Here’s the trailer for “Call Me Kuchu”:

Great blog about the African LGTB rights movement:

Genesis Breyer P-Orridge will visit Berlin for two three occasions next week. On February 15 she will attend the premiere of French filmmaker Marie Losier’s movie “The Ballad of Genesis and Lady Jaye“, a documentary about Genesis’ life and her “pandrogenist” relationship to artist Lady Jaye, which died in 2007 (trailer below). You may aready know Loiser as the director of the great video to “Have Mercy” of Genesis’ band Psychic TV. You find an interview with her about the background of her film on Still In Motion and the movie’s press kit here. There will also be screenings of the movie in Spain and France in spring.
In conjunction with the Berlinale premiere Genesis will also perform a live concert with musician/artist Tony Conrad on February 19 at Hebbel am Ufer theatre – there are still tickets available on the HAU webpage. Both artists have met during the shootings for the movie and since then from time to time have met for improvised duets with the violin, an instrument they both share a passion love for.

UPDATE: I completely forgot to mention that there is also a third reason why Genesis is here for the Berlinale: She’s presenting an own film called “Ghosts #9″ on the 14th, 15th and 18th at Arsenal cinema. Check out Joey’s comment below and this link for more information. Thanks Joey!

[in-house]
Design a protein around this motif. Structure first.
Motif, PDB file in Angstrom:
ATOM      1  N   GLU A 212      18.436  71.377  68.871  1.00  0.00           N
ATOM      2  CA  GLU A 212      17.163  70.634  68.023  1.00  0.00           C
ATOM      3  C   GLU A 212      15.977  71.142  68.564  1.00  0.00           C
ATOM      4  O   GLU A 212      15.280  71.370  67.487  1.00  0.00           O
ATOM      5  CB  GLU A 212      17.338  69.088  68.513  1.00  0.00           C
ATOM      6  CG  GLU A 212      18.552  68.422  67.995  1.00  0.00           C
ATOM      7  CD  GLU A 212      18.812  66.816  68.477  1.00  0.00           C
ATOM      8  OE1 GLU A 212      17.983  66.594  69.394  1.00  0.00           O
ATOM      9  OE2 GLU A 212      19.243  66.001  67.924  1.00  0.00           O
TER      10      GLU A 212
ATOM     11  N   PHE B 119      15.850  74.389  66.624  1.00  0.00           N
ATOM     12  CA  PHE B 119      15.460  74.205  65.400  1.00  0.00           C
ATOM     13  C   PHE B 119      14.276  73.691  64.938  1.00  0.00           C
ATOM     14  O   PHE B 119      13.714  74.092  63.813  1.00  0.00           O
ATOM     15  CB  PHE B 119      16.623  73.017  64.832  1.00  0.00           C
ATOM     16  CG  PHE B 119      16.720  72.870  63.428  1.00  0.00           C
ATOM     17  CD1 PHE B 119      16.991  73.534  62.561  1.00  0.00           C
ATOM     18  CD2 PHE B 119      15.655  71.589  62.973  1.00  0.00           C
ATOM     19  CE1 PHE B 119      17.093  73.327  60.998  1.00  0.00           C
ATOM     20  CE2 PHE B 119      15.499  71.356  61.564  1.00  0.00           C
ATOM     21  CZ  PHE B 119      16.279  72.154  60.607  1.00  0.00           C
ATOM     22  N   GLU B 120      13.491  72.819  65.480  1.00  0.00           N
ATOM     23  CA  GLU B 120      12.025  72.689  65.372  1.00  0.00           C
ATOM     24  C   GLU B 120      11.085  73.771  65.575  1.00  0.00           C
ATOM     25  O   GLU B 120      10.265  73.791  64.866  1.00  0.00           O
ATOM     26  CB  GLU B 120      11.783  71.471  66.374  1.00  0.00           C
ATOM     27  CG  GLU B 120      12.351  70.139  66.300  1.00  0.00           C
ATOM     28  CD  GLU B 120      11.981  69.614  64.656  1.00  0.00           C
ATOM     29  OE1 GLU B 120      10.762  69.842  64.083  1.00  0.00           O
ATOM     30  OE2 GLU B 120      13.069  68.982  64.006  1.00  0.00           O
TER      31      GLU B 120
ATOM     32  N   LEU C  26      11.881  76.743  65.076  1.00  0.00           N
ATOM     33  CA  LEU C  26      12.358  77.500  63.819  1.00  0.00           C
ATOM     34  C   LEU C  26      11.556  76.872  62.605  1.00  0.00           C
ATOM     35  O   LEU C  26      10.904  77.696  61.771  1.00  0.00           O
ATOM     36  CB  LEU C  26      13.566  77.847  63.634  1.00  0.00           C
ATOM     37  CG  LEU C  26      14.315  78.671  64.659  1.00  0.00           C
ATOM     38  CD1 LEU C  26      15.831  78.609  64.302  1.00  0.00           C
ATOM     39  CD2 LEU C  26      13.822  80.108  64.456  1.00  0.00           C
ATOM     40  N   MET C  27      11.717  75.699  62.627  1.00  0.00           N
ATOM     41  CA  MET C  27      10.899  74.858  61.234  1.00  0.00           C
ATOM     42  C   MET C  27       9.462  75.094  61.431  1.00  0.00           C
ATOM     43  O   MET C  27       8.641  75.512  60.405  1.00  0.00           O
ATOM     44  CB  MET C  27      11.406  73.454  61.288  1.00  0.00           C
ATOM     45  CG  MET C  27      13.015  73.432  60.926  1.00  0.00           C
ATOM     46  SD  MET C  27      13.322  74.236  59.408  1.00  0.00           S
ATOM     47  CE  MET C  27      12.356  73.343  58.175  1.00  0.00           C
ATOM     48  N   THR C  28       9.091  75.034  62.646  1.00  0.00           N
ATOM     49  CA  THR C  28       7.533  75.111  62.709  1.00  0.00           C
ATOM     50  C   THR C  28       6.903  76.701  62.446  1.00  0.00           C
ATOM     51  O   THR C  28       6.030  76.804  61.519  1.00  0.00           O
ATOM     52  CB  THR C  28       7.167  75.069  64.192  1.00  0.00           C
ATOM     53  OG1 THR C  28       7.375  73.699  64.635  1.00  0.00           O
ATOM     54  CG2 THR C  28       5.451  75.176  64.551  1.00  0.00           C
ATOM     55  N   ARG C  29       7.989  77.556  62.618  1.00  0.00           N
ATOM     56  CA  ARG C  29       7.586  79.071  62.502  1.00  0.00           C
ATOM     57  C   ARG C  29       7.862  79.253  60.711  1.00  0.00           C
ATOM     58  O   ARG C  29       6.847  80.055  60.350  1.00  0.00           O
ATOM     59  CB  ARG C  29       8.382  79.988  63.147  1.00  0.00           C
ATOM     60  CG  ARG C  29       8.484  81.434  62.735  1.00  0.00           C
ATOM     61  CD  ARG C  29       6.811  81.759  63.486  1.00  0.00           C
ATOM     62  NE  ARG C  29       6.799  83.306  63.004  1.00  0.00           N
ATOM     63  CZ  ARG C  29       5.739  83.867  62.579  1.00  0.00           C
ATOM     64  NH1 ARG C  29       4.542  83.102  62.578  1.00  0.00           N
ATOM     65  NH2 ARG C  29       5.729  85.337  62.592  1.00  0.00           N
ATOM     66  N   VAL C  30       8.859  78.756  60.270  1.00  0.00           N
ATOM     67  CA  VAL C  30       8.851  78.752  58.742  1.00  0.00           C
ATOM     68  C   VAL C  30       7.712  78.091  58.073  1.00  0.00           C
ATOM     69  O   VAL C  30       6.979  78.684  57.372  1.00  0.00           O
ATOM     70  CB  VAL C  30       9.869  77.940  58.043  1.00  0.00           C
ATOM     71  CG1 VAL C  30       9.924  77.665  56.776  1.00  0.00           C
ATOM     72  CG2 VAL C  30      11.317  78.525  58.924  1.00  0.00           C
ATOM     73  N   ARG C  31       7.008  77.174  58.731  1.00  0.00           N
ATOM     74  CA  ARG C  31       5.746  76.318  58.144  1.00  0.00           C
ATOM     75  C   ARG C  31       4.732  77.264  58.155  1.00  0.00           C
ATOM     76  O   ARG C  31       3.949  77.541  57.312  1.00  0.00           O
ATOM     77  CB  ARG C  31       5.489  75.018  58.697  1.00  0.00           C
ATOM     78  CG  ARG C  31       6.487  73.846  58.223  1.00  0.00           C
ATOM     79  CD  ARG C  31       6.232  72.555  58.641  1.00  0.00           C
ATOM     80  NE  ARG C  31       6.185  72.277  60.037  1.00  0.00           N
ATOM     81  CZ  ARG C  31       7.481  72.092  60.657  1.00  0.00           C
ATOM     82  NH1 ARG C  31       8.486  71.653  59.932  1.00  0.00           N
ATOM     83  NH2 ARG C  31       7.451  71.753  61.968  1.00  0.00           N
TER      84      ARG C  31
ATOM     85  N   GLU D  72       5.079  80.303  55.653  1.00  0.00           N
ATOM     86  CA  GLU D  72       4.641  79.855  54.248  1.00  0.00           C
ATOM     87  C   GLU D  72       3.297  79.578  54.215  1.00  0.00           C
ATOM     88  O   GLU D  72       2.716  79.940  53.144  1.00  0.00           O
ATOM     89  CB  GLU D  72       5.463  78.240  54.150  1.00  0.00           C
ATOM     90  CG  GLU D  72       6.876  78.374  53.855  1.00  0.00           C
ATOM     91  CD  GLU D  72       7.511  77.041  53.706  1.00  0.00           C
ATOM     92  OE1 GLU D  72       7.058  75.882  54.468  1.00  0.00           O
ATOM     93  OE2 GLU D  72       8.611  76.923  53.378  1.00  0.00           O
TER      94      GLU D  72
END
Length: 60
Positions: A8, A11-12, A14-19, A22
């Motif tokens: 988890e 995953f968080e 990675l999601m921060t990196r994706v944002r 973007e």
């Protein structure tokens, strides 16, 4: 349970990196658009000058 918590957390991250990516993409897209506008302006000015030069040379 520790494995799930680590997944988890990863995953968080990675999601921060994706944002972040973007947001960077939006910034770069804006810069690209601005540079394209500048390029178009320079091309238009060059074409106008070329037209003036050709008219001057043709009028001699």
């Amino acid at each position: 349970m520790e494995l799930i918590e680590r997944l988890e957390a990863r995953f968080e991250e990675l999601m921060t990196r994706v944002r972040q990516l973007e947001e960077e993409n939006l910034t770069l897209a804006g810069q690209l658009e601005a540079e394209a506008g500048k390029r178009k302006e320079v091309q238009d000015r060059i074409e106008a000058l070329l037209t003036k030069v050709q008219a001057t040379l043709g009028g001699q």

The so-called rigourism of the “Berlin New Wave” is topped by by a Portugiese filmmaker who shot his second feature last winter in Berlin “Gropiusstadt” Swans by Hugo Vieira da Silva will premiere at this year’s International Forum of the Berlin Film Festival.
A constellation of four characters rotates around the body of a woman who is in a coma due to reactions to chemotherapy. An ex-boyfriend who’s going through a midlife crisis and a teenage son who she’s never met are coming from Portugal to see her and live in her flat along with her transsexual thai roommate. What’s really stunning about the movie is the amount of non-communication between these four characters – none of them knows how to deal with each other. Director Hugo Vieira da Silva (who’s first feature Body Rice has quite a cult status in the film festival world) is focusing on their bodies – a troubled, sleepless body (father), a autoerotic, exploring body (son), a ghostly, transforming body (neighbour) and the coma body of the mother which seems paradoxically to be the most agile and alive of them all. A winterly Berlin, some scenes of surrealistic humour and a very slow pace add up to a hypnotic and drifting meditation on somatic perception and the free circulation of desires. Here’s the trailer of the movie, you find more background information on the Berlinale website.